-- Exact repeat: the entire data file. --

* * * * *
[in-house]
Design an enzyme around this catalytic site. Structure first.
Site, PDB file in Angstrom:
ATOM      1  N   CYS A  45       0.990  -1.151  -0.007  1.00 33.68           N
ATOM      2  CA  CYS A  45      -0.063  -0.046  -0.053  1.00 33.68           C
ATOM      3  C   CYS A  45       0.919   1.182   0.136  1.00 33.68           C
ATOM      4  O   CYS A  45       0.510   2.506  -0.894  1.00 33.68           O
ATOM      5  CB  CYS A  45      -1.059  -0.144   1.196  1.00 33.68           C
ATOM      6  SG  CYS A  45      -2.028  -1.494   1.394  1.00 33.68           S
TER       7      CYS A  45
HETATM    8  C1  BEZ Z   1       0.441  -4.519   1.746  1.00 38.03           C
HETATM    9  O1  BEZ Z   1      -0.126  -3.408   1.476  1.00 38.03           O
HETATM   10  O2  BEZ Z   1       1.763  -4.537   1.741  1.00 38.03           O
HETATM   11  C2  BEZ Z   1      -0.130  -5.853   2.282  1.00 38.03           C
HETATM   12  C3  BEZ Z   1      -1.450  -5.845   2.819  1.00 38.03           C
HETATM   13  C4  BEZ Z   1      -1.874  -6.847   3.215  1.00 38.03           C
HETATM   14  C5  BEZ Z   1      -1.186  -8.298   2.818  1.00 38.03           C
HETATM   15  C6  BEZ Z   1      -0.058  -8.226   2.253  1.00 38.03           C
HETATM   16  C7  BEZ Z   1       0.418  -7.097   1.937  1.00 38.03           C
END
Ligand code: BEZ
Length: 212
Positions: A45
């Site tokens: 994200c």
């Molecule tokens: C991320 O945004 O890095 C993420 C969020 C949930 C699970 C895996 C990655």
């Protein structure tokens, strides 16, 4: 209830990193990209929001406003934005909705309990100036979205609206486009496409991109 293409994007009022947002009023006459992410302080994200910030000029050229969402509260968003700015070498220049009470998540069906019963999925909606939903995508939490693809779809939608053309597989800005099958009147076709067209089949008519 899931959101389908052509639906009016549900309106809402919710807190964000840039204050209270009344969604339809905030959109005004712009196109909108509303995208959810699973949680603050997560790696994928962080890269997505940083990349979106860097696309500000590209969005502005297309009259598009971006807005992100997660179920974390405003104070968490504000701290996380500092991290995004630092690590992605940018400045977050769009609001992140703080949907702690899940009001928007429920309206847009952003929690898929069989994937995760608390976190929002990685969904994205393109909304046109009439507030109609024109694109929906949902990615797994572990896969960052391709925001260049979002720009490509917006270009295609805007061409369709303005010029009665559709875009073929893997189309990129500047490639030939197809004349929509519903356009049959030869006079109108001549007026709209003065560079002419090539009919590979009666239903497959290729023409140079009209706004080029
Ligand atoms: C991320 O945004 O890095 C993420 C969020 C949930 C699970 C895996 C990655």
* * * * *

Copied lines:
[in-house]
Design an enzyme around this catalytic site. Structure first.
Site, PDB file in Angstrom:
ATOM      1  N   CYS A  45       0.990  -1.151  -0.007  1.00 33.68           N
ATOM      2  CA  CYS A  45      -0.063  -0.046  -0.053  1.00 33.68           C
ATOM      3  C   CYS A  45       0.919   1.182   0.136  1.00 33.68           C
ATOM      4  O   CYS A  45       0.510   2.506  -0.894  1.00 33.68           O
ATOM      5  CB  CYS A  45      -1.059  -0.144   1.196  1.00 33.68           C
ATOM      6  SG  CYS A  45      -2.028  -1.494   1.394  1.00 33.68           S
TER       7      CYS A  45
HETATM    8  C1  BEZ Z   1       0.441  -4.519   1.746  1.00 38.03           C
HETATM    9  O1  BEZ Z   1      -0.126  -3.408   1.476  1.00 38.03           O
HETATM   10  O2  BEZ Z   1       1.763  -4.537   1.741  1.00 38.03           O
HETATM   11  C2  BEZ Z   1      -0.130  -5.853   2.282  1.00 38.03           C
HETATM   12  C3  BEZ Z   1      -1.450  -5.845   2.819  1.00 38.03           C
HETATM   13  C4  BEZ Z   1      -1.874  -6.847   3.215  1.00 38.03           C
HETATM   14  C5  BEZ Z   1      -1.186  -8.298   2.818  1.00 38.03           C
HETATM   15  C6  BEZ Z   1      -0.058  -8.226   2.253  1.00 38.03           C
HETATM   16  C7  BEZ Z   1       0.418  -7.097   1.937  1.00 38.03           C
END
Ligand code: BEZ
Length: 212
Positions: A45
């Site tokens: 994200c």
């Molecule tokens: C991320 O945004 O890095 C993420 C969020 C949930 C699970 C895996 C990655």
């Protein structure tokens, strides 16, 4: 209830990193990209929001406003934005909705309990100036979205609206486009496409991109 293409994007009022947002009023006459992410302080994200910030000029050229969402509260968003700015070498220049009470998540069906019963999925909606939903995508939490693809779809939608053309597989800005099958009147076709067209089949008519 899931959101389908052509639906009016549900309106809402919710807190964000840039204050209270009344969604339809905030959109005004712009196109909108509303995208959810699973949680603050997560790696994928962080890269997505940083990349979106860097696309500000590209969005502005297309009259598009971006807005992100997660179920974390405003104070968490504000701290996380500092991290995004630092690590992605940018400045977050769009609001992140703080949907702690899940009001928007429920309206847009952003929690898929069989994937995760608390976190929002990685969904994205393109909304046109009439507030109609024109694109929906949902990615797994572990896969960052391709925001260049979002720009490509917006270009295609805007061409369709303005010029009665559709875009073929893997189309990129500047490639030939197809004349929509519903356009049959030869006079109108001549007026709209003065560079002419090539009919590979009666239903497959290729023409140079009209706004080029
Ligand atoms: C991320 O945004 O890095 C993420 C969020 C949930 C699970 C895996 C990655």